- The helping person’s expectations can become a confusing element in the process of successful counseling. A genuine desire to assist a patient in dealing with a problem can predispose a physician-counselor to expect a great emotional response or reaction from the person receiving the help. This is not necessarily a fact. Good therapeutic counseling can take place in the absence of obvious emotional expression. An effective counselor can bring about the changes needed and the patient can interpret the process of change as being his own idea or effort. Counseling relics on the patient helping himself, so effective counseling can result from the physician-counselor helping the patient think of the solution to the problem.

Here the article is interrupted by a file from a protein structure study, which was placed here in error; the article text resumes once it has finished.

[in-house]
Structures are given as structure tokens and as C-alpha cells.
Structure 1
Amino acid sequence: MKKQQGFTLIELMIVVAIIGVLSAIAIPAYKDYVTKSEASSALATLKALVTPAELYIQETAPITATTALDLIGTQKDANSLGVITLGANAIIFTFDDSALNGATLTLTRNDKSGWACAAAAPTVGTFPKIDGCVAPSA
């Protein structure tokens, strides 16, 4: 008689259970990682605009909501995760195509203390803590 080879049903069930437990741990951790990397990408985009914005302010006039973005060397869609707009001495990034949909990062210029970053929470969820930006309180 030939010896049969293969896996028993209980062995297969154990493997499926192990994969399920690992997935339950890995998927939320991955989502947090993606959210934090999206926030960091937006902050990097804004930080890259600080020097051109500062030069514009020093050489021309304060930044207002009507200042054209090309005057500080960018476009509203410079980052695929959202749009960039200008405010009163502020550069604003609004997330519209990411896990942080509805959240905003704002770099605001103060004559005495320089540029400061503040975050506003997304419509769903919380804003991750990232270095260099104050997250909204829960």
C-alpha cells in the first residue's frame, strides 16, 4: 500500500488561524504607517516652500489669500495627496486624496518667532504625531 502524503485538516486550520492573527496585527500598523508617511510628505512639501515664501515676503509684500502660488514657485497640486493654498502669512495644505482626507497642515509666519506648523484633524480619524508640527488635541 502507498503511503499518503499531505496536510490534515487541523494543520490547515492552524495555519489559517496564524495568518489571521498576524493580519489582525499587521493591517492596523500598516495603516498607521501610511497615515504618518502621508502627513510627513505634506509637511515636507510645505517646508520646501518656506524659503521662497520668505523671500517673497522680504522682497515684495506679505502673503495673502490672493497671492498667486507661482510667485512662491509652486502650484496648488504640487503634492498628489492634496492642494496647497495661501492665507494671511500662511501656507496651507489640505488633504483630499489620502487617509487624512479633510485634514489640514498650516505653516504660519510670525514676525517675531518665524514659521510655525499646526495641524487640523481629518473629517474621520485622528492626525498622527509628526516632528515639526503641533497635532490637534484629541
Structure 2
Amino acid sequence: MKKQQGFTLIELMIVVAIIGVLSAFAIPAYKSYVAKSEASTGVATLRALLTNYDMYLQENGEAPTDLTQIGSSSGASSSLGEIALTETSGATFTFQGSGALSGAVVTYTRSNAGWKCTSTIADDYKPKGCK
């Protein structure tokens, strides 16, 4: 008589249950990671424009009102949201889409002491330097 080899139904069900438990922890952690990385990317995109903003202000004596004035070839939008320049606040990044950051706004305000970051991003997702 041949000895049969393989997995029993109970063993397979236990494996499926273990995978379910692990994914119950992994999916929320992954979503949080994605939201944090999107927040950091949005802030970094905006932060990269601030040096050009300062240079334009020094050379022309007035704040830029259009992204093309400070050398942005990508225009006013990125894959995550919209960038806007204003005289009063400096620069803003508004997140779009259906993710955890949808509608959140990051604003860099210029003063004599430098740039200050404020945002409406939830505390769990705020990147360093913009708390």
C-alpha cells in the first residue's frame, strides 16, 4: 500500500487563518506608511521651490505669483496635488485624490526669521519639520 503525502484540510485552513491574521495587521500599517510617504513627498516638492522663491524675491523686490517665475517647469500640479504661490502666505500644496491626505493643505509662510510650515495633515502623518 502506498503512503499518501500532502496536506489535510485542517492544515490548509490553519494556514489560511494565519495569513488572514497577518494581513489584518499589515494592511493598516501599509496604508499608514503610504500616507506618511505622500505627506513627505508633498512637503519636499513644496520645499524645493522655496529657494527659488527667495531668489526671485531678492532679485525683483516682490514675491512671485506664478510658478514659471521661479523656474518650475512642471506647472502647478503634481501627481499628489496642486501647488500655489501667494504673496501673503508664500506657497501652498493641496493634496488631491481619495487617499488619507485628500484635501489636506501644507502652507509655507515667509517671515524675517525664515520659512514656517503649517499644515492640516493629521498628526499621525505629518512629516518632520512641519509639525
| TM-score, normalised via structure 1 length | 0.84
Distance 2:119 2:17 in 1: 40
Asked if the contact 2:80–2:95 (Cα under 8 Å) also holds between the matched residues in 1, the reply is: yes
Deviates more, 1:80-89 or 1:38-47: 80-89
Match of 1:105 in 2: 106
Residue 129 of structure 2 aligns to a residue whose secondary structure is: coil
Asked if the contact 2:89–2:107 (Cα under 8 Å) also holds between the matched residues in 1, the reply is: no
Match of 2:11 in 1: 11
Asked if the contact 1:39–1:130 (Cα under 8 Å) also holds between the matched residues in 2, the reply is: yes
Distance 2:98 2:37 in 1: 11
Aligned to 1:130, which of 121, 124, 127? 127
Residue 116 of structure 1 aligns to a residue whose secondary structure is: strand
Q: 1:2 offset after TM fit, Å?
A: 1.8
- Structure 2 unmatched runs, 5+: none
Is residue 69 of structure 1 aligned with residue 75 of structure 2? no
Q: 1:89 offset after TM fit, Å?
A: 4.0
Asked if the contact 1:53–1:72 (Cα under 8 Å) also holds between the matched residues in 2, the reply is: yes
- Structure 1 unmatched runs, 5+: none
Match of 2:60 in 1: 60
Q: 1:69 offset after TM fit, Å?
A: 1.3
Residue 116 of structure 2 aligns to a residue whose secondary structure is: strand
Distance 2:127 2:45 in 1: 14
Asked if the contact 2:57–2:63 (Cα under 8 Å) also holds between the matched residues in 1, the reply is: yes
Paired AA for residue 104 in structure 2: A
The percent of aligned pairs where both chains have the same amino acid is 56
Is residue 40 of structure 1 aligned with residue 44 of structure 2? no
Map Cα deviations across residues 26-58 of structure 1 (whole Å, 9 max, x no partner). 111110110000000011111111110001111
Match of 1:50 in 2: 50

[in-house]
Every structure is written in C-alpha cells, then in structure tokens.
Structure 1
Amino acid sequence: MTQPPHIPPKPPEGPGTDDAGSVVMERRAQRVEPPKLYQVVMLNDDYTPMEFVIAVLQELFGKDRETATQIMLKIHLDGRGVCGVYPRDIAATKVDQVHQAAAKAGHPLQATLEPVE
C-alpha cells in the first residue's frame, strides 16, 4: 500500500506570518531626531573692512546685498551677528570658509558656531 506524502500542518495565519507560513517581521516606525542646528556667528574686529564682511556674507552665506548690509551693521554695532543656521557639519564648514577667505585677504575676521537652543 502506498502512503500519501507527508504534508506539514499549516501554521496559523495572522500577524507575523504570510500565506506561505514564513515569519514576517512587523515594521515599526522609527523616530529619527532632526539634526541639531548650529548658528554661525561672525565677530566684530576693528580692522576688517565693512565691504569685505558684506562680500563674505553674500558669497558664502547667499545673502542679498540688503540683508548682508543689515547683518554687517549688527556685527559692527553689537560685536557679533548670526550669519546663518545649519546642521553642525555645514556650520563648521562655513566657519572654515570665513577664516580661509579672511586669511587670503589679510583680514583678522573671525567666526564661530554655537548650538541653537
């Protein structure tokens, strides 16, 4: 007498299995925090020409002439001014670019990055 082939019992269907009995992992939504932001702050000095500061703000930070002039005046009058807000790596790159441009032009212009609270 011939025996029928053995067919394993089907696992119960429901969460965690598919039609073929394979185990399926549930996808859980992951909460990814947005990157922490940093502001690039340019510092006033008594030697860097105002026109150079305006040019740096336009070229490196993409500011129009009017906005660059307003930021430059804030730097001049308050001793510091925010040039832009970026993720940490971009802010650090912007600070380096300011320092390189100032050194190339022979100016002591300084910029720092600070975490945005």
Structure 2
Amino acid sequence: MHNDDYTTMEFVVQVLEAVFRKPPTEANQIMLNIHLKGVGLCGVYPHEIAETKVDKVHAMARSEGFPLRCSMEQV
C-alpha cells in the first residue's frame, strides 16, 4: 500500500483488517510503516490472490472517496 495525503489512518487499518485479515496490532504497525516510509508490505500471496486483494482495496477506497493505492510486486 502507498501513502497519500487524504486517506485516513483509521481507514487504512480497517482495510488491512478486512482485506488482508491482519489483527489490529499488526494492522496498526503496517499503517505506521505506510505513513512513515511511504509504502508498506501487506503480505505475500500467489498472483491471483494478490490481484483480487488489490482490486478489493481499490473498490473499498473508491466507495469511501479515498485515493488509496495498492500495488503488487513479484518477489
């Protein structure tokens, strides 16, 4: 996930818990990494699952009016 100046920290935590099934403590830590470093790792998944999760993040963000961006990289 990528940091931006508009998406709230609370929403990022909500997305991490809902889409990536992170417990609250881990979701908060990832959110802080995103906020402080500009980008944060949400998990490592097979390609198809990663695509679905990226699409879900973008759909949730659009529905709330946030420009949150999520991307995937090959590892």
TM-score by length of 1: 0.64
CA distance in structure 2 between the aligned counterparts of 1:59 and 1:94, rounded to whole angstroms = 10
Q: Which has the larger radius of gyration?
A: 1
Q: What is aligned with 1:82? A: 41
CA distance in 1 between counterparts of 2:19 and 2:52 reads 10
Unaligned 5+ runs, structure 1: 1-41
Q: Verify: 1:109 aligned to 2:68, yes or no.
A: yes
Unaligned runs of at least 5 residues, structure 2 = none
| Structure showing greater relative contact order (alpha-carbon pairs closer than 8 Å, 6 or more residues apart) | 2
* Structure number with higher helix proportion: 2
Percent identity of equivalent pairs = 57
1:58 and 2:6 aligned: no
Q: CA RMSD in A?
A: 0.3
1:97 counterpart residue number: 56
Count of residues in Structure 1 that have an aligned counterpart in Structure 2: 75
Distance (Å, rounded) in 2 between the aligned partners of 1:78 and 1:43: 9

A patient may respond to counseling and, as a result of the insight gained n the process, feel somewhat embarrassed at not having resolved the situation without outside help. A patient progressing toward the resolution of a problem can easily ignore the source of assistance that facilitated the progress. The need for self-respect can make the client minimize the emotional response manifested.
The physician-counselor should realize certain danger points in the usually projected role of the counselor. In most, if not all instances, it is a myth that the patient can say or do as he pleases in the counseling setting. All therapists set some limits and so exert control over, or influence the direction of, the counseling session. In some systems of counseling, the controls may be Mindful, structured and well defined prior to the start. In others, the controls limits are more subtle and evolve during the course of the counseling process. A realistic counselor knows that he sets limits on and influences the patient’s discussion or behavior. By realizing his own concepts of limits, the counselor can more reasonably project these limits to patient.
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